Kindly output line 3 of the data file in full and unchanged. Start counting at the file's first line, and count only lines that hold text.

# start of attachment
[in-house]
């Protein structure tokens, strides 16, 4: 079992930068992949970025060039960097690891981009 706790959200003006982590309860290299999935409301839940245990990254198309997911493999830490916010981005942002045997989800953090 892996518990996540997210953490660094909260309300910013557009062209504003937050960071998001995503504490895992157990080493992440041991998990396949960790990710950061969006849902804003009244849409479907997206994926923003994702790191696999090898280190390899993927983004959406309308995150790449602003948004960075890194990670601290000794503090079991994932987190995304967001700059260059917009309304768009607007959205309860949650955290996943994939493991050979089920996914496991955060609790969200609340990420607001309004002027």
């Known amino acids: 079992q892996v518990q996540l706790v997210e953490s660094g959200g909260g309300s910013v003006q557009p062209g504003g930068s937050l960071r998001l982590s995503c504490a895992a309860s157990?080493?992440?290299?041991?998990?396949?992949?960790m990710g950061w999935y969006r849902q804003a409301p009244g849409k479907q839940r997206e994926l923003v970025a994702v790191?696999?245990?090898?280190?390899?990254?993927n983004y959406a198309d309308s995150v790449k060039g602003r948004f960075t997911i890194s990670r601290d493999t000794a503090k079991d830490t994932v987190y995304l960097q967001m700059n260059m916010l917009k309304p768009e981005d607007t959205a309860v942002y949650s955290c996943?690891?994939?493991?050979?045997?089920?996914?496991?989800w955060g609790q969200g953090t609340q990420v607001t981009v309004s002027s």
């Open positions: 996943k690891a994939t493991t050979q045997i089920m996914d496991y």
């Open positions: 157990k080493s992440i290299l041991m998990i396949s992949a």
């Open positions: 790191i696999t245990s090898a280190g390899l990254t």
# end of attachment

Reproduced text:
């Known amino acids: 079992q892996v518990q996540l706790v997210e953490s660094g959200g909260g309300s910013v003006q557009p062209g504003g930068s937050l960071r998001l982590s995503c504490a895992a309860s157990?080493?992440?290299?041991?998990?396949?992949?960790m990710g950061w999935y969006r849902q804003a409301p009244g849409k479907q839940r997206e994926l923003v970025a994702v790191?696999?245990?090898?280190?390899?990254?993927n983004y959406a198309d309308s995150v790449k060039g602003r948004f960075t997911i890194s990670r601290d493999t000794a503090k079991d830490t994932v987190y995304l960097q967001m700059n260059m916010l917009k309304p768009e981005d607007t959205a309860v942002y949650s955290c996943?690891?994939?493991?050979?045997?089920?996914?496991?989800w955060g609790q969200g953090t609340q990420v607001t981009v309004s002027s």